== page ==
That's one way of finding the next star. It usually doesn't work. (Ask Montoya, the most successful driver of the type, how things have worked out for him overall.)

The other, higher-risk (yet higher-reward) way of doing so is to fund a driver coming up the ranks until they're ready to compete at the Sprint Cup level. But whether you blame the economy, a massive development driver failure in the mid-2000s, Sprint Cup dominance in the Nationwide Series or a combination of all three, many sponsors (and, by extension, race teams) aren't patient enough to do it.

However, when it works, the payout for sponsors, literally, can be massive. Truex and Bass Pro Shops continued their relationship from his two championships in the then-Busch Series all the way to this day, where they remain a personal sponsor. Hamlin and FedEx have become inseparable. Bowyer and Jack Daniel's were the same way for years until the company pulled out of the sport.

Jared C. Tilton/Getty Images
Both Martin Truex Jr. and Denny Hamlin developed long-lasting brand associations during their time as development drivers for Sprint Cup teams.

That's part of the reason why the reinvention of the Nationwide Series was so necessary. Thanks to the ineligibility of Sprint Cup drivers to win the championship, sponsors have been more willing to back drivers who declare for the Nationwide title. In response, the new class of young drivers, from defending champion Ricky Stenhouse Jr. (Ford) to Austin Dillon (Bass Pro Shops) to Ryan Truex (Grime Boss) to Justin Allgaier (Brandt) have all been able to forge meaningful brand relationships.

The fans are enjoying it too. NASCAR conducted a fan survey after racing at Auto Club Speedway two weeks ago, and the poll suggests that the fans love the results. Over 70 percent of fans responded that wins by such series regulars as Stenhouse, Elliott Sadler and James Buescher this season have piqued their interest. Meanwhile, over 80 percent of respondents said that they don't miss seeing Sprint Cup drivers even running Nationwide races, never mind winning them.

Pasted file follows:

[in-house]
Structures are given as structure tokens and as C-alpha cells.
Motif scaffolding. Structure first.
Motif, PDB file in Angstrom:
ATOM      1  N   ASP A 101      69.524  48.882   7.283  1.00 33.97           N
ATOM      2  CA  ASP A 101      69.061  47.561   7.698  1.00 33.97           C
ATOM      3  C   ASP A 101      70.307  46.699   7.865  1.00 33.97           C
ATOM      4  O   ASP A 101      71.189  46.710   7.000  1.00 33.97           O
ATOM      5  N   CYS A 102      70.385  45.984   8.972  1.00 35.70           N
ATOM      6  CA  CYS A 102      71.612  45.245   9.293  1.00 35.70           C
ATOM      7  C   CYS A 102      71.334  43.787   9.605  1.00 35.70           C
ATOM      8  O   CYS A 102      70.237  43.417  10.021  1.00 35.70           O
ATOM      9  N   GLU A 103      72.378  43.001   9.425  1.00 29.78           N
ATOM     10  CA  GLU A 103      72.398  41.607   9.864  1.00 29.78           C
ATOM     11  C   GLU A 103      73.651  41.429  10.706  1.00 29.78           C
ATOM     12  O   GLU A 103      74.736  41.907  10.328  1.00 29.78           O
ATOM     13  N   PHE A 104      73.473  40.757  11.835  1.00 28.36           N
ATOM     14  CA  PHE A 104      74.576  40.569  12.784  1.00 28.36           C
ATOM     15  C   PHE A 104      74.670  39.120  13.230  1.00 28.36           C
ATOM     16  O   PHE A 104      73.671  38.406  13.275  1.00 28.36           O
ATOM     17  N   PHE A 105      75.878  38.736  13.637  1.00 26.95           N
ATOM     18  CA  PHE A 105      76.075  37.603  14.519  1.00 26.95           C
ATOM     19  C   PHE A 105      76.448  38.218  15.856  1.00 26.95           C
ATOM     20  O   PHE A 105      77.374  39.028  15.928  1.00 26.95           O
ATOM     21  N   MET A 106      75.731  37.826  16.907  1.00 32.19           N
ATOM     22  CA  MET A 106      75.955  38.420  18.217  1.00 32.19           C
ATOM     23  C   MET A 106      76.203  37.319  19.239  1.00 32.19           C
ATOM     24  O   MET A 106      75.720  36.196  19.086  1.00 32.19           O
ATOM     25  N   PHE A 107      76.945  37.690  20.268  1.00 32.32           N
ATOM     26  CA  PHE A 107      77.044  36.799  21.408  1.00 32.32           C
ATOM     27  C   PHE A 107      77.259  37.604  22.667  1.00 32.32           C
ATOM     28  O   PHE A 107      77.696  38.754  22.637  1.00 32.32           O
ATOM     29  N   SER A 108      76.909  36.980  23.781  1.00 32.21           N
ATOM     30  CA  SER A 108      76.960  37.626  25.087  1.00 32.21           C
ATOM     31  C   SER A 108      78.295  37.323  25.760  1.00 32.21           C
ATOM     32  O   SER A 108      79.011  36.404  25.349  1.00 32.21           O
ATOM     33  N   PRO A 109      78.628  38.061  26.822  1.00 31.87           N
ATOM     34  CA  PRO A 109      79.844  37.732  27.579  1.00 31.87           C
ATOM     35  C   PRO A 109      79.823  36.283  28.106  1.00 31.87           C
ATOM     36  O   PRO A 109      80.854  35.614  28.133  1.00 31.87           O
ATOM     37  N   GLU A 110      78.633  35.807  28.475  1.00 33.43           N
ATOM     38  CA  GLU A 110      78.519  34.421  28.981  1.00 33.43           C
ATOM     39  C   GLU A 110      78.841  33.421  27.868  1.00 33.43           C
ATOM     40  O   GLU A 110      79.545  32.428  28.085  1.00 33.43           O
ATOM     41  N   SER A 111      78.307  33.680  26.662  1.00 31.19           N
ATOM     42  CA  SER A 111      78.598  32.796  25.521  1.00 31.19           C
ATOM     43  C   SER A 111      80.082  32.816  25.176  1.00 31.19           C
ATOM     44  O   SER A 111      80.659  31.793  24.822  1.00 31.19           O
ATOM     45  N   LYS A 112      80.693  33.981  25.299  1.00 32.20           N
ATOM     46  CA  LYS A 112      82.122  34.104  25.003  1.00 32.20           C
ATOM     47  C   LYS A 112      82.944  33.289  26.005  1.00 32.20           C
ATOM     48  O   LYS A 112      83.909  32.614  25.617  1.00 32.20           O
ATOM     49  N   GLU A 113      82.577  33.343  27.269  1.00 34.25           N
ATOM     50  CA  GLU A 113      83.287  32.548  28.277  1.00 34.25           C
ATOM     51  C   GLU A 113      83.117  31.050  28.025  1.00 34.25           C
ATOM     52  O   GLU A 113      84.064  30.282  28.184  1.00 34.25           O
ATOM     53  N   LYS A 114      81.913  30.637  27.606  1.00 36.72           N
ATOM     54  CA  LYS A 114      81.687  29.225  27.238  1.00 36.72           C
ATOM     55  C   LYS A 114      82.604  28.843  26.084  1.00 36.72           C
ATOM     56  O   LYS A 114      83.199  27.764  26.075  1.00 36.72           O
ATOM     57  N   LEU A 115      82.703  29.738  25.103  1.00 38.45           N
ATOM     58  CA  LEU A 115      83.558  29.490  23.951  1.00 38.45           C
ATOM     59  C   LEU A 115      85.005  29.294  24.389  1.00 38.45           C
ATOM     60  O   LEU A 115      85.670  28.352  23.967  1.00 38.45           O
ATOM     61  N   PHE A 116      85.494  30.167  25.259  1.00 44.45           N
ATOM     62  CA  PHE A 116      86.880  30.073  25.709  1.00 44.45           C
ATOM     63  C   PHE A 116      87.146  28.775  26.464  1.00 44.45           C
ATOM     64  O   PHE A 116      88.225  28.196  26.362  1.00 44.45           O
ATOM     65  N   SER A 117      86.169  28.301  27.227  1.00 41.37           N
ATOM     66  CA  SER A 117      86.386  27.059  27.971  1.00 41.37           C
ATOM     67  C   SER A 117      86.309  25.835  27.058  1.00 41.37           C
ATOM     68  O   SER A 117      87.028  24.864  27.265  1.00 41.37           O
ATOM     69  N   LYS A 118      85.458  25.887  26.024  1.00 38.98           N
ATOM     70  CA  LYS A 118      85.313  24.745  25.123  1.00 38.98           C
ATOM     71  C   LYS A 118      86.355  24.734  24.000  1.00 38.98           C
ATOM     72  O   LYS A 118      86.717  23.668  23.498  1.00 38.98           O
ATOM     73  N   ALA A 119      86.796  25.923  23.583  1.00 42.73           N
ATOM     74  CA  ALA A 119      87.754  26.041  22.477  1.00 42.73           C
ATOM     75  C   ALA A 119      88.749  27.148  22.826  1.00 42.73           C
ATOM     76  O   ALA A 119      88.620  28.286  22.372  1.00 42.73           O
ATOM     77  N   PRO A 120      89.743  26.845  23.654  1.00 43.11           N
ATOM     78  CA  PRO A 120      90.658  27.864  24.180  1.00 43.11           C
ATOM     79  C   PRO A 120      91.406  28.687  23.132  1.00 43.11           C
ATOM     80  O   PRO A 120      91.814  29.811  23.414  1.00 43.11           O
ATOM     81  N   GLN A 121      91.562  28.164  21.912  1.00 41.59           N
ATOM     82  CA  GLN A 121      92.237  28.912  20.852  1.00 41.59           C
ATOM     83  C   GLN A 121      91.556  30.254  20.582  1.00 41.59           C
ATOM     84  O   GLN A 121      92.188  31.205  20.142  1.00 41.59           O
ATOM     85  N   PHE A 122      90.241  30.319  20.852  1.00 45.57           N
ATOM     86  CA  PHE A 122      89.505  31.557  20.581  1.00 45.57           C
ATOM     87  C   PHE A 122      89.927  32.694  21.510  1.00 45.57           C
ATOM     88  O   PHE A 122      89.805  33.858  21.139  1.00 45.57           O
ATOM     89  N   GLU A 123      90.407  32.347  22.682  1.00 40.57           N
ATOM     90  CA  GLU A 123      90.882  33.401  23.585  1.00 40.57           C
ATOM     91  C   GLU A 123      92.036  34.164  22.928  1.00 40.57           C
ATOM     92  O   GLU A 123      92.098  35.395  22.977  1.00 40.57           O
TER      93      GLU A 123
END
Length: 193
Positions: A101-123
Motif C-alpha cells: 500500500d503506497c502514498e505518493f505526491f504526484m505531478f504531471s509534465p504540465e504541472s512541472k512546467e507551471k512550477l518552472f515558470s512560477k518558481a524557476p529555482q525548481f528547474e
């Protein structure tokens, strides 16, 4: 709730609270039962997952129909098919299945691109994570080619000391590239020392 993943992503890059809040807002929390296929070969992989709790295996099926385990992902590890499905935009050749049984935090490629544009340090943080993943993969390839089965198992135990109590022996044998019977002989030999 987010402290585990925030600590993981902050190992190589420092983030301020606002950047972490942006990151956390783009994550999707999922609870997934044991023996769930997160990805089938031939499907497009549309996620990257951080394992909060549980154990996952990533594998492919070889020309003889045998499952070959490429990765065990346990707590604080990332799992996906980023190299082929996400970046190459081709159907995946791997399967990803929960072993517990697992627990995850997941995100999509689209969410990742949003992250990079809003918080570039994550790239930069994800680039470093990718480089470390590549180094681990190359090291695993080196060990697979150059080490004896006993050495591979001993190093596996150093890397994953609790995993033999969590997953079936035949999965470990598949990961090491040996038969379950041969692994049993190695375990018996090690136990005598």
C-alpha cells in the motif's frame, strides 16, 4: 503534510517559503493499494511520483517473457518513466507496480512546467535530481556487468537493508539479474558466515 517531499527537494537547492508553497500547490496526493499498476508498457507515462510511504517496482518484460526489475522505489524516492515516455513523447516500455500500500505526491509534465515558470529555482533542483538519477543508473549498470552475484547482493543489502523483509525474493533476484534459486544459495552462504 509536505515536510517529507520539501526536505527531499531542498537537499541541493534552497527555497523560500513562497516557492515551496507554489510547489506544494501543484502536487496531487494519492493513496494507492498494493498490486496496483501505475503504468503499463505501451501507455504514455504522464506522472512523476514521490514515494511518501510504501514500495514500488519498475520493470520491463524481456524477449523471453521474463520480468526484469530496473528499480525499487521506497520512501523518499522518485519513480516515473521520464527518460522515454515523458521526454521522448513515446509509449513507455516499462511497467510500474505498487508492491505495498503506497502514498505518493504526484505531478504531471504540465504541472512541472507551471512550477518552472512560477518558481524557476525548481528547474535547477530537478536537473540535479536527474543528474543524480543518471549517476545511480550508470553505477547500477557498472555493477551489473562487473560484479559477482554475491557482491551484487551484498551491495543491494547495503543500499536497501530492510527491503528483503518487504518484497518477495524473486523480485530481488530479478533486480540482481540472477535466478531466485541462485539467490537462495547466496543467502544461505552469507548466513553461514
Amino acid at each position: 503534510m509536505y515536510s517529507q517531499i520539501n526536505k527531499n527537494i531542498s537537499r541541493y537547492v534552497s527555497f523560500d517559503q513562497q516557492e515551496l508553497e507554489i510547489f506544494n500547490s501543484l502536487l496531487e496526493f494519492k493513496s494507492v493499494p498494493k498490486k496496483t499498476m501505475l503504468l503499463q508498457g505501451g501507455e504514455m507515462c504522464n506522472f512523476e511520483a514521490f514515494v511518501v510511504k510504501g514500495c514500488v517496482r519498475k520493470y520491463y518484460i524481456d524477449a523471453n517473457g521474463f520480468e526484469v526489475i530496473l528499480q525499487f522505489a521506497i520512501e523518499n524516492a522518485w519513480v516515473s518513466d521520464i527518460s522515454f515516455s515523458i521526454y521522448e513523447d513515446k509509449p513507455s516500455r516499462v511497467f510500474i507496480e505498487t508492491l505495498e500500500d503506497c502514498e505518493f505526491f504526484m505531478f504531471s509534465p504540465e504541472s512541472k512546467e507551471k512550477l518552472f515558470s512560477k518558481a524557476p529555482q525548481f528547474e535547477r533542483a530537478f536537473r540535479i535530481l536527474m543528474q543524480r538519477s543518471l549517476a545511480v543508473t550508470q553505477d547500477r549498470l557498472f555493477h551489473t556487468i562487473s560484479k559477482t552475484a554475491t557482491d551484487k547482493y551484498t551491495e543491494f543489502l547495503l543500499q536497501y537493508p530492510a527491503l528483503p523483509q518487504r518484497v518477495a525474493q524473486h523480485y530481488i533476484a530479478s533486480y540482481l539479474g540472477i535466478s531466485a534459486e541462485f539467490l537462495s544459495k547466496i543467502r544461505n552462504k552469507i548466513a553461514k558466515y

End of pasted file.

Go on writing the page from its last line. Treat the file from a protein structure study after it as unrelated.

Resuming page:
In other words, the old system is experiencing a revival.

Yes, the sport has had a lean period of driver development over the past few years. But ideally, the next few years should represent a quantum leap forward in the category. The up-and-coming drivers will have raced enough on Sprint Cup tracks and against strong enough competition to know what they're doing, and they'll be set (ideally) with well-funded teams that will give them a chance to be decently competitive.

The future looks bright. With Stenhouse a lock for Roush Fenway Racing's No. 6 car, Dillon inevitably reaching Sprint Cup someday with grandpa Richard Childress' fourth team and multiple options in the Joe Gibbs Racing camp, the next Sprint Cup Rookie of the Year to become a bona fide superstar will have come from the Nationwide Series.

That's the way it should be.